I think just about everyone would agree that the GRE is far from the ideal measure of a persons ability. But I don't think there really is a better way. I think the GRE actually helps a lot of people, like me, who haven't graduated from top schools, have a chance at getting in to top graduate schools. With this test, anyone from any school, if they choose to put in the necessary preparation time. Those who attend schools where there aren't many great research opportunities and where it is easy to get a 4.0, it would be wise for them to put in extra hours and make sure they get a good score on the GRE.
All I can say is that I am glad there is a GRE, because without it I don't think I would have much chance at a top grad school.
It's funny how everyone who did good on the test thinks that it is an adequate measure of ability, while eveyone else thinks it's not.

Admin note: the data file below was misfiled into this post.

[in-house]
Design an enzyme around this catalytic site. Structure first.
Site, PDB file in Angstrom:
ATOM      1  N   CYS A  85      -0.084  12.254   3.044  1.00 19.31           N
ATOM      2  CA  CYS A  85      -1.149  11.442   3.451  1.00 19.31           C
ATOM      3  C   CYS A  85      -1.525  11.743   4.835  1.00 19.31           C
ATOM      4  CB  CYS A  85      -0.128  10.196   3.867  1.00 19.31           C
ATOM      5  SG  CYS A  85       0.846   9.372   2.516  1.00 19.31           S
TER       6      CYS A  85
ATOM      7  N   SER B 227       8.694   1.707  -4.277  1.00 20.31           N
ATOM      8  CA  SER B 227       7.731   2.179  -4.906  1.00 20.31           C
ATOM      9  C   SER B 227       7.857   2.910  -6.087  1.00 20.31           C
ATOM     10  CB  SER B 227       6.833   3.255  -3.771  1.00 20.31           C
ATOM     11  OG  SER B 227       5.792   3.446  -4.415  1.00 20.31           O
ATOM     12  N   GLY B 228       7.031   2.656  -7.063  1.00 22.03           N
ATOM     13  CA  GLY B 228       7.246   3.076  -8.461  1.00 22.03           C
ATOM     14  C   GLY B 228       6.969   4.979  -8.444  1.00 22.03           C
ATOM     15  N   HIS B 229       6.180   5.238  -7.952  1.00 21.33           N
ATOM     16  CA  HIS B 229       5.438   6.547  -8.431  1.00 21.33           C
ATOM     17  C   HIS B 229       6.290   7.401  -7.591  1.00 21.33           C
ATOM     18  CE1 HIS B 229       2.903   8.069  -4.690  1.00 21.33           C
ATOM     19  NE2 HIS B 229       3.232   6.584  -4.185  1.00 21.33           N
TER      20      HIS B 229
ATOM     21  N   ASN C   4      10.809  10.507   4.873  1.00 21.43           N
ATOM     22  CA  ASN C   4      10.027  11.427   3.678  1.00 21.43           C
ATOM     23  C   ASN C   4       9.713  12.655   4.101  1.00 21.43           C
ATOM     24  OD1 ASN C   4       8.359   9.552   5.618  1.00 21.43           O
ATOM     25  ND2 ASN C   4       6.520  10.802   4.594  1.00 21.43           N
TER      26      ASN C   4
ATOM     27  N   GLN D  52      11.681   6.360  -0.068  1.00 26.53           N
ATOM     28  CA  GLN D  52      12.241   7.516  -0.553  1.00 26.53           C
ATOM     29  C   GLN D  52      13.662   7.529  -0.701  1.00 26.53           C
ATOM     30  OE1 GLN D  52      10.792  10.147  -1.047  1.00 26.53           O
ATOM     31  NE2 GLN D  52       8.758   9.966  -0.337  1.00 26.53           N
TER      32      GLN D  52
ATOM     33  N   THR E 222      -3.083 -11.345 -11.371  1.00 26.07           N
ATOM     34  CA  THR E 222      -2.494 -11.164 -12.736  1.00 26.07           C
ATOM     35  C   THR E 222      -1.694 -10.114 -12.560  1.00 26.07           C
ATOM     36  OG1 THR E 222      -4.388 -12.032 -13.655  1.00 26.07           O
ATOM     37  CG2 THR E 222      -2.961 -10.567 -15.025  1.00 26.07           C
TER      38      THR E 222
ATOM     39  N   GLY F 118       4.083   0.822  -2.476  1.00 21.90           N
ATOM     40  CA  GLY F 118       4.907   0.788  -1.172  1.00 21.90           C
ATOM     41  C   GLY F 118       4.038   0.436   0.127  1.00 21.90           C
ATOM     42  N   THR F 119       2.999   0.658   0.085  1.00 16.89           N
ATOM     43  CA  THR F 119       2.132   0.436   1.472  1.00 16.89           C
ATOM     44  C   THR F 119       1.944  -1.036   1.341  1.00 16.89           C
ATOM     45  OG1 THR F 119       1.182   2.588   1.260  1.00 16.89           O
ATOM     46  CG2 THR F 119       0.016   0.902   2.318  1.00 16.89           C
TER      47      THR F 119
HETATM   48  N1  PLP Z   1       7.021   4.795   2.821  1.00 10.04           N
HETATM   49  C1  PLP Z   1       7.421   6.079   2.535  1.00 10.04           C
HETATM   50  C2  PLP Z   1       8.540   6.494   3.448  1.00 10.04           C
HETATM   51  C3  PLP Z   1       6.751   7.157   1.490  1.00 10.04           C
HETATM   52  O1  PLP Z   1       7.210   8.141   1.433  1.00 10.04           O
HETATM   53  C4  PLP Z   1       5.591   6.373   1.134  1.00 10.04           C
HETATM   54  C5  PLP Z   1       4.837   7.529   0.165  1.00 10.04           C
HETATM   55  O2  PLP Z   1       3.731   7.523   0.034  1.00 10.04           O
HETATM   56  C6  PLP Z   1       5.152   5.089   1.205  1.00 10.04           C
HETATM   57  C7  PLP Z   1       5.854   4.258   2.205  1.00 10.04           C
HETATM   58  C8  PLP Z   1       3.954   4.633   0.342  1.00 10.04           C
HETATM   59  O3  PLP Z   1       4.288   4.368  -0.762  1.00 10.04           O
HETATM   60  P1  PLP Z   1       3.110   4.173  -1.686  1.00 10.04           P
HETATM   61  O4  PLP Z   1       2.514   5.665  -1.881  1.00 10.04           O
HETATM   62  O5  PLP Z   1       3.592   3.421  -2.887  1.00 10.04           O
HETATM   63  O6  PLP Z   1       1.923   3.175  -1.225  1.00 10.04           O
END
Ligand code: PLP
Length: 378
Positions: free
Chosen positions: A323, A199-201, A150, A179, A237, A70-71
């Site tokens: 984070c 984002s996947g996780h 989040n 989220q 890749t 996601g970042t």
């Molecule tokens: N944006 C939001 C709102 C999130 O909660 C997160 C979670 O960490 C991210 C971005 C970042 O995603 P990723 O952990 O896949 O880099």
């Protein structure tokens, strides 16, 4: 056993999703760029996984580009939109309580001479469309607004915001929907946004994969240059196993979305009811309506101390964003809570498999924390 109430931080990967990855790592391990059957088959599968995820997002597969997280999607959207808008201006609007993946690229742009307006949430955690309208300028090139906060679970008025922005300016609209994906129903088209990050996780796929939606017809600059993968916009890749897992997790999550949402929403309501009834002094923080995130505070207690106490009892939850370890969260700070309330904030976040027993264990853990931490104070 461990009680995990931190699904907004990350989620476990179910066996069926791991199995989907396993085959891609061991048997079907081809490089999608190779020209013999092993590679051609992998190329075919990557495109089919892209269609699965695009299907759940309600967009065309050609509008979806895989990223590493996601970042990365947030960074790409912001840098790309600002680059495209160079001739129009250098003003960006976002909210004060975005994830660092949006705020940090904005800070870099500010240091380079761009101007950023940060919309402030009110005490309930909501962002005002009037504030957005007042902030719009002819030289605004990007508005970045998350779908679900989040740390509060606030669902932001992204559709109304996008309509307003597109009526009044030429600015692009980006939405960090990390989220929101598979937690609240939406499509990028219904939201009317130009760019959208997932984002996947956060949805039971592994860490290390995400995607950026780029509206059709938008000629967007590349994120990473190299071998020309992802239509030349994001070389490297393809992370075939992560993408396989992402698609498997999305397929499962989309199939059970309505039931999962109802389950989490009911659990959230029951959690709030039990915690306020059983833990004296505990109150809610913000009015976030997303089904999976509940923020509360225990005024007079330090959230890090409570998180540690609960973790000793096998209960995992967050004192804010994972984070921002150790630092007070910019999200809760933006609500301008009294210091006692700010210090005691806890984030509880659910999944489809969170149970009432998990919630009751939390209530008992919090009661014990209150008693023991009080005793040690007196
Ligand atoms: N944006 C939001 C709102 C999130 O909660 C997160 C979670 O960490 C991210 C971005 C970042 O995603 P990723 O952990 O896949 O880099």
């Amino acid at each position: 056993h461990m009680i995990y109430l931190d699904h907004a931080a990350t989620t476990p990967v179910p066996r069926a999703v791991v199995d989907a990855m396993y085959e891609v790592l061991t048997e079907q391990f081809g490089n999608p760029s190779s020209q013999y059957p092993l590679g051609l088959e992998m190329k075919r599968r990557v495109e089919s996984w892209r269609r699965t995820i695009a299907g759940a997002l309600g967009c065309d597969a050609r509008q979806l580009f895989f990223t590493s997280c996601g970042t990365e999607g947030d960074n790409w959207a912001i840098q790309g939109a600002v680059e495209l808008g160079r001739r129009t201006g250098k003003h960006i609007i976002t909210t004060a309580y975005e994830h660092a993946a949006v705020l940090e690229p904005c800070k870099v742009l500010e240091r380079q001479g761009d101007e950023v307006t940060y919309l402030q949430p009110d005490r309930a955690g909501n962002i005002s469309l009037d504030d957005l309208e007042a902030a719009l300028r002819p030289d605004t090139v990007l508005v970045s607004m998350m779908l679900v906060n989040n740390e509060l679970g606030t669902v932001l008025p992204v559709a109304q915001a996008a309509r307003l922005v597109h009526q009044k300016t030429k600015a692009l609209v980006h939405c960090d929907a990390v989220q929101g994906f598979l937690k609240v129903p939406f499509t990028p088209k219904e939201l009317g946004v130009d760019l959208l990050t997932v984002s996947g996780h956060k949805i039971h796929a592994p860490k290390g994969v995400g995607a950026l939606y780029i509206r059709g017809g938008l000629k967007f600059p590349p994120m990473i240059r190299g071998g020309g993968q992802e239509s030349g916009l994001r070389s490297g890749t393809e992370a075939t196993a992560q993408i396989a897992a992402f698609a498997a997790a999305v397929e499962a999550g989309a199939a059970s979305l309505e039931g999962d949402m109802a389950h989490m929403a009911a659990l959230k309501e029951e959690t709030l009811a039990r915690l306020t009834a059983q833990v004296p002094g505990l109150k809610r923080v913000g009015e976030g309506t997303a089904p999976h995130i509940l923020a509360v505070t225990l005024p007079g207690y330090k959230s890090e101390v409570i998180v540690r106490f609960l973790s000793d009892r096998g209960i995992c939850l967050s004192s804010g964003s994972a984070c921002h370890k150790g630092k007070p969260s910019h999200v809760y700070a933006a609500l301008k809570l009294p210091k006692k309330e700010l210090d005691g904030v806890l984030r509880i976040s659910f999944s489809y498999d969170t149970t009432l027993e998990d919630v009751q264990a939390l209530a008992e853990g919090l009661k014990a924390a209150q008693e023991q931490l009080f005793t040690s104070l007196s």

Also, the GRE has plenty of conceptual problems that simply test understanding and cannot be messed up if you know what's going on.
In my quantum class, at the very beginning, we were asked to redevelop the Bohr model, but for an electron orbiting a neutron under gravity. Is this very physical? Probably not. Was it a better test than "do you remember all the formulae the Bohr model spits out?"
However, those are still a minor handfull of the total # of problems. In fact there were only two such problems on my real test. So this issue is just another minor stigma for the GRE and not a reason to discredit it.
Users browsing this forum: No registered users and 3 guests